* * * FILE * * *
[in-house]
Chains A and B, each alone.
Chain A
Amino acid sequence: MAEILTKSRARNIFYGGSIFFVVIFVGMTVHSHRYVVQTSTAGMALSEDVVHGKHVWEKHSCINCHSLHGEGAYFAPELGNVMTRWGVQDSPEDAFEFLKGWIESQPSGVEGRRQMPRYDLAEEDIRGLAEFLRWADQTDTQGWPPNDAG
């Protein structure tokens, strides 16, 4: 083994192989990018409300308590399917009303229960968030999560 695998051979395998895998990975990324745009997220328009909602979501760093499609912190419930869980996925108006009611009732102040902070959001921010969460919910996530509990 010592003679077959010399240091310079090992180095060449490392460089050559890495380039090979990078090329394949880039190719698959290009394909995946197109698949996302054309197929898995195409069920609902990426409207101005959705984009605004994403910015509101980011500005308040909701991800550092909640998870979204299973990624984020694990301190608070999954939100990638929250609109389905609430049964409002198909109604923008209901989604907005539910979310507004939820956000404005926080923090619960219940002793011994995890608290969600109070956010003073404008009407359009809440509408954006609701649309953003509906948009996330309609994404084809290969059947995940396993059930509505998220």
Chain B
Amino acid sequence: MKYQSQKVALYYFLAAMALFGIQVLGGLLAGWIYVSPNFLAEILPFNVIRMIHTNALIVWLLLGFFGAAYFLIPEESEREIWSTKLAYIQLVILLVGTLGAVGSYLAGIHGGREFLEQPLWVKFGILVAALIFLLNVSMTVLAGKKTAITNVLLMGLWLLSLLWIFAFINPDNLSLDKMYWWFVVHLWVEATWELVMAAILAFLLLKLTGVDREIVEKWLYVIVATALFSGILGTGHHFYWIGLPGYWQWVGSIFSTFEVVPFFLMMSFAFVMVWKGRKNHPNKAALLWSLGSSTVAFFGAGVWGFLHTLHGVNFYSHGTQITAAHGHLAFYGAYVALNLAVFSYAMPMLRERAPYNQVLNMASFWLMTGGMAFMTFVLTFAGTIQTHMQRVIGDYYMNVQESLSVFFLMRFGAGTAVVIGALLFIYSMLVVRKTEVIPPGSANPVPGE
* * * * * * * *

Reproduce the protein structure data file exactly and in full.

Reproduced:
[in-house]
Chains A and B, each alone.
Chain A
Amino acid sequence: MAEILTKSRARNIFYGGSIFFVVIFVGMTVHSHRYVVQTSTAGMALSEDVVHGKHVWEKHSCINCHSLHGEGAYFAPELGNVMTRWGVQDSPEDAFEFLKGWIESQPSGVEGRRQMPRYDLAEEDIRGLAEFLRWADQTDTQGWPPNDAG
């Protein structure tokens, strides 16, 4: 083994192989990018409300308590399917009303229960968030999560 695998051979395998895998990975990324745009997220328009909602979501760093499609912190419930869980996925108006009611009732102040902070959001921010969460919910996530509990 010592003679077959010399240091310079090992180095060449490392460089050559890495380039090979990078090329394949880039190719698959290009394909995946197109698949996302054309197929898995195409069920609902990426409207101005959705984009605004994403910015509101980011500005308040909701991800550092909640998870979204299973990624984020694990301190608070999954939100990638929250609109389905609430049964409002198909109604923008209901989604907005539910979310507004939820956000404005926080923090619960219940002793011994995890608290969600109070956010003073404008009407359009809440509408954006609701649309953003509906948009996330309609994404084809290969059947995940396993059930509505998220």
Chain B
Amino acid sequence: MKYQSQKVALYYFLAAMALFGIQVLGGLLAGWIYVSPNFLAEILPFNVIRMIHTNALIVWLLLGFFGAAYFLIPEESEREIWSTKLAYIQLVILLVGTLGAVGSYLAGIHGGREFLEQPLWVKFGILVAALIFLLNVSMTVLAGKKTAITNVLLMGLWLLSLLWIFAFINPDNLSLDKMYWWFVVHLWVEATWELVMAAILAFLLLKLTGVDREIVEKWLYVIVATALFSGILGTGHHFYWIGLPGYWQWVGSIFSTFEVVPFFLMMSFAFVMVWKGRKNHPNKAALLWSLGSSTVAFFGAGVWGFLHTLHGVNFYSHGTQITAAHGHLAFYGAYVALNLAVFSYAMPMLRERAPYNQVLNMASFWLMTGGMAFMTFVLTFAGTIQTHMQRVIGDYYMNVQESLSVFFLMRFGAGTAVVIGALLFIYSMLVVRKTEVIPPGSANPVPGE